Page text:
HBK Incubates member ‘Yemsi Awosan, whose catering company Egunsifoods brings authentic West African flavors to the New York market, came to the United States from Nigeria at age 15. She grew up cooking with her mother, using the fresh produce they grew at home to create big meals for their community during celebratory occasions.
‘Yemsi shared the recipe for Chin Chin, a unique cookie that can be found at any Nigerian celebration. Though the heating method for this cookie may not be familiar to Western bakers, she says, it’s the method that was and is still used in West Africa, carried over from a time when most people did not have ovens in their kitchen. Chin Chin are common in most West African countries and there are different variations, ranging from the more common hard, crunchy variety to a savory version (served in Ghana), to a bright orange version, sold by street hawkers at bus depots. ’Yemsi likes her Chin Chin softer and doughier than the traditional version, so she adds baking powder.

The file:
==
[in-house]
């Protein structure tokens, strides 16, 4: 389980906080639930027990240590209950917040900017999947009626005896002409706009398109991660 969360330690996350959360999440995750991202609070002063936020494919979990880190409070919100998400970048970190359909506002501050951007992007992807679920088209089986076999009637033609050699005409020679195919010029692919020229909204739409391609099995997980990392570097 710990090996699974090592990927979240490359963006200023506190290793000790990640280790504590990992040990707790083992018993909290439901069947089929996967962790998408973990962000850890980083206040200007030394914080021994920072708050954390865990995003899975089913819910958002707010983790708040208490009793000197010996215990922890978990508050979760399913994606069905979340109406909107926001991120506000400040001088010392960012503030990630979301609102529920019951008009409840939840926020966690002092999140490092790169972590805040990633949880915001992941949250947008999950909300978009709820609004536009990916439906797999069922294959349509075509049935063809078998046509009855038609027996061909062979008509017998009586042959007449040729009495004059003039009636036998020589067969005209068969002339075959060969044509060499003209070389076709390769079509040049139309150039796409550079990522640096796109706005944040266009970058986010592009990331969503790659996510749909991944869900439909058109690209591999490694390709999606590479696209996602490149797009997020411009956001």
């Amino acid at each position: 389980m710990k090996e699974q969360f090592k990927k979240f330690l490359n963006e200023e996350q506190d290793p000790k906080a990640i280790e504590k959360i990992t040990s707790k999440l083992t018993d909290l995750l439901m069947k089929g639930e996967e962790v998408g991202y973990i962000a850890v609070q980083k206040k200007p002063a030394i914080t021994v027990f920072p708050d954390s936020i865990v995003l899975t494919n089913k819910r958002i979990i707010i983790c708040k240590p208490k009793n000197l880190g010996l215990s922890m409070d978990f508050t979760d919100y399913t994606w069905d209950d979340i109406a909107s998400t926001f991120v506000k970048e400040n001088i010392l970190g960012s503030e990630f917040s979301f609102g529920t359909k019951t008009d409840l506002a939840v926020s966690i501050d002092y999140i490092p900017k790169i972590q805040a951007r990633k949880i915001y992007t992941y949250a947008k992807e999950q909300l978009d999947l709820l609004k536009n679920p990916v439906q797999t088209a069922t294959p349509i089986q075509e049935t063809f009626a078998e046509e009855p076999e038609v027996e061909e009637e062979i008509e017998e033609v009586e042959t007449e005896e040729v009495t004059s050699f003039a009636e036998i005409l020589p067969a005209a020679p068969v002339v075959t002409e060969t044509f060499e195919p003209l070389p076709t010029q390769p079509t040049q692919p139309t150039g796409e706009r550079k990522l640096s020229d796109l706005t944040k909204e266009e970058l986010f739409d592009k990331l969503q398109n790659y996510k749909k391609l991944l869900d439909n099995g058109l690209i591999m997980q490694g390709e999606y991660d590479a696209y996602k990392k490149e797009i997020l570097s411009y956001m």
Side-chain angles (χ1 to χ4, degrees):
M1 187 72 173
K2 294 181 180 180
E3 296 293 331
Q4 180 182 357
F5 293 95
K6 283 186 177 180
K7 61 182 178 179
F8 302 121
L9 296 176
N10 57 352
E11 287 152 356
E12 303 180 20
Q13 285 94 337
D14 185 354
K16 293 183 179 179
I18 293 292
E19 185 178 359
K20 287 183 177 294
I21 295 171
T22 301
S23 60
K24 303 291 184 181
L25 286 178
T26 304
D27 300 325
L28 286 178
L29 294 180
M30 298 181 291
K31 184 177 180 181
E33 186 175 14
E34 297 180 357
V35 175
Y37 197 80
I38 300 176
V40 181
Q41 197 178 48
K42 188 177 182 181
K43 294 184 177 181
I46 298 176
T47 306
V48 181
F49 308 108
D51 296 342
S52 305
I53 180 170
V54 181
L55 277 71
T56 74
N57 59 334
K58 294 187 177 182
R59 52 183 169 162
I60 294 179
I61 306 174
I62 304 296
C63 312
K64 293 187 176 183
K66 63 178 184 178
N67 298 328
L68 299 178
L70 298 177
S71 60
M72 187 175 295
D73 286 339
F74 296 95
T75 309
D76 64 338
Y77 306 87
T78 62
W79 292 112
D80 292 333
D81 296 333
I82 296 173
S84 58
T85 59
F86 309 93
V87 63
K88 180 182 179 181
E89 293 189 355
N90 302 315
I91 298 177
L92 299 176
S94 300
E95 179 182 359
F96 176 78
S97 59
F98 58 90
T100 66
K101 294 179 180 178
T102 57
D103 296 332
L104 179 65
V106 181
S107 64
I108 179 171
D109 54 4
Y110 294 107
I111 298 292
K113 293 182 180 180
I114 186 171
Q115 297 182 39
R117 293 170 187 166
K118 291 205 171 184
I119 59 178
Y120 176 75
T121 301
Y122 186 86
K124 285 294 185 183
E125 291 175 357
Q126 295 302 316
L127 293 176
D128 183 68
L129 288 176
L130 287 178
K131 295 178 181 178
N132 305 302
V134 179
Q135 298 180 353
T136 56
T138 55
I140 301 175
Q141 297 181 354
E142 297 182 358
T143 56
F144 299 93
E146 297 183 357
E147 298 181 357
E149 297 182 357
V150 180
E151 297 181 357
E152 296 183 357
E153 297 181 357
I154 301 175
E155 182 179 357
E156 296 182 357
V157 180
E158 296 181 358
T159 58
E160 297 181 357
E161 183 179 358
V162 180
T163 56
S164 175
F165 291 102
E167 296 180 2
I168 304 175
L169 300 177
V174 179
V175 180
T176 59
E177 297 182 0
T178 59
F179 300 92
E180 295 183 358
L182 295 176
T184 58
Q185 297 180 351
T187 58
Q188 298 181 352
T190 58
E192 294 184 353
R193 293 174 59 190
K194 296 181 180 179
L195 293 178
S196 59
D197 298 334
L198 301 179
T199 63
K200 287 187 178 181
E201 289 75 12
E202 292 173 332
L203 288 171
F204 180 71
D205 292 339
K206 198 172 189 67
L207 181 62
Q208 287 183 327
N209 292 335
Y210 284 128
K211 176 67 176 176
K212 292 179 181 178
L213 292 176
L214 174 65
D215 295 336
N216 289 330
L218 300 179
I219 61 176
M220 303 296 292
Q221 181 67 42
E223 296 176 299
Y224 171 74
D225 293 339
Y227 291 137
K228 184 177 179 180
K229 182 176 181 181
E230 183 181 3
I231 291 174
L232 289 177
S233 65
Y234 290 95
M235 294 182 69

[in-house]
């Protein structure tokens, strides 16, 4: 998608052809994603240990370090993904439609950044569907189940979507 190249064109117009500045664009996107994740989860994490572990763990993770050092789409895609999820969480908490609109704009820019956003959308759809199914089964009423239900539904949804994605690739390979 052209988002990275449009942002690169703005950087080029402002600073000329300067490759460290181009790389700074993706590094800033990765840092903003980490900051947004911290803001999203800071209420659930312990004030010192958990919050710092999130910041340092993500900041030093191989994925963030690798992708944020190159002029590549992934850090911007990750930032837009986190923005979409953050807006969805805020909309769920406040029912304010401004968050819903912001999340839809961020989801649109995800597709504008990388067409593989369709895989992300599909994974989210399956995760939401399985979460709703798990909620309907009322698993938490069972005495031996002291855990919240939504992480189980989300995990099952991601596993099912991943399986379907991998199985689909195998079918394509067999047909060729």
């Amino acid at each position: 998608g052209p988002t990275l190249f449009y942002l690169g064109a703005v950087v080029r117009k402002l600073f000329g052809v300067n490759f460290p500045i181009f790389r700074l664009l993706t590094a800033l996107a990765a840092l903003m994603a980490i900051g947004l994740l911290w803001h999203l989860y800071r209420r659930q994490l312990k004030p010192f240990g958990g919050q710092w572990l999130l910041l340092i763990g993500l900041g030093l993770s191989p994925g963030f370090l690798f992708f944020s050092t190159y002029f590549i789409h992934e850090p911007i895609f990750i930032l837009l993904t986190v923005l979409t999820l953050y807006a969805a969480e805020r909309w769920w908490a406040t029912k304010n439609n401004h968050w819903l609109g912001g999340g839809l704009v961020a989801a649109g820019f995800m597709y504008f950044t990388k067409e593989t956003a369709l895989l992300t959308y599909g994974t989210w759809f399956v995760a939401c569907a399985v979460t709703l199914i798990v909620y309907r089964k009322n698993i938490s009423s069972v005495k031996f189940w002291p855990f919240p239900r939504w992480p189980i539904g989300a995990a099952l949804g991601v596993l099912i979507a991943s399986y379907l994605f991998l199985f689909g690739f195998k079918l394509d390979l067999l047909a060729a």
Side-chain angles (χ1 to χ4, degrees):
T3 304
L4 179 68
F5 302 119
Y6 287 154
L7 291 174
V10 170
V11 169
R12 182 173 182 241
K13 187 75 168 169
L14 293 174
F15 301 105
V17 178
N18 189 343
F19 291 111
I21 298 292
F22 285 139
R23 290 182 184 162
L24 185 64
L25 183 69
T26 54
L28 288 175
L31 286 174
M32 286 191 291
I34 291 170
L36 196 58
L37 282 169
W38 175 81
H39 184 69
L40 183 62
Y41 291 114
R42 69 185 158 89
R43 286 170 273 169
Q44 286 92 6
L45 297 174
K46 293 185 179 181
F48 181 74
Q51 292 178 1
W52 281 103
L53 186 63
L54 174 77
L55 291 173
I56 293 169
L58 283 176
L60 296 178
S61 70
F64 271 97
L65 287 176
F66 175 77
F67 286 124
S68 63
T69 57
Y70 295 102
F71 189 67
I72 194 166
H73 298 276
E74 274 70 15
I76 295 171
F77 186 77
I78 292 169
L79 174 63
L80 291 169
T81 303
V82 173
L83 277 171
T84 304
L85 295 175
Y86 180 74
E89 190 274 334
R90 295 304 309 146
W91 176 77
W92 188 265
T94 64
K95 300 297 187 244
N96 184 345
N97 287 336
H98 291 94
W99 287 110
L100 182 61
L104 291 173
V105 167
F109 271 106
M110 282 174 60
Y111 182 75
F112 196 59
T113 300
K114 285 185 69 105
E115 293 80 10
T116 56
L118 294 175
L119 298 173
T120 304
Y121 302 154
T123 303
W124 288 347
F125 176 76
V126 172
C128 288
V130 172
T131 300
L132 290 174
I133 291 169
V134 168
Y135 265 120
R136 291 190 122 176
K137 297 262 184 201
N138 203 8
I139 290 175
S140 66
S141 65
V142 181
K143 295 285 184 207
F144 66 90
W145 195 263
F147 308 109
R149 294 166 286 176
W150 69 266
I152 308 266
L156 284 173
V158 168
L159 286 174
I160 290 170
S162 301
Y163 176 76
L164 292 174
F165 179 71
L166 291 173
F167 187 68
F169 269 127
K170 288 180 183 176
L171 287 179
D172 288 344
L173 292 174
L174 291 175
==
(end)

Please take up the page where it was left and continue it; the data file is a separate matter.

Makes 4 cups
2 cups all-purpose flour
1/2 teaspoon baking powder (optional)
4 pinches salt
1/4 teaspoon nutmeg (optional)
1/4 cup margarine or butter
1/4 cup sugar
1/4 cup evaporated milk
1 large egg
6 cups oil
1. In a bowl combine flour, baking powder, salt, and nutmeg. Add margarine or butter and combine until crumbly.
2. In another bowl, add sugar and evaporated milk, stir, and set aside to let sugar dissolve.
3. Make a well in the flour mixture, add egg and evaporated milk mixture, combine, and roll dough into a ball.
4. On a lightly floured surface, knead dough for about 2 minutes until very smooth. Then roll out to about 3/8-inch thick. Using a pastry cutter wheel or pizza cutter, cut dough into long 1/2-inch strips and then cut across to make 1/2-inch square shape. Sprinkle a little bit of flour and separate.
5. In a medium saucepan, heat oil to 360° F. Pour dough into heated oil and stir continuously with a slotted spoon, frying for 1 to 2 minutes until golden brown. Take out of oil and place on parchment paper or a paper towel. Leave to cool, then store in an airtight container.
You can eat Chin Chin plain—this is the way it’s eaten in Nigeria. For a more festive option, make long strips with a slightly twisted shape and dip in chocolate sauce to serve. Alternatively, store the square Chin Chin in a mason jar and tie it with a festive ribbon as a great gift option.
Images credit Egunsifoods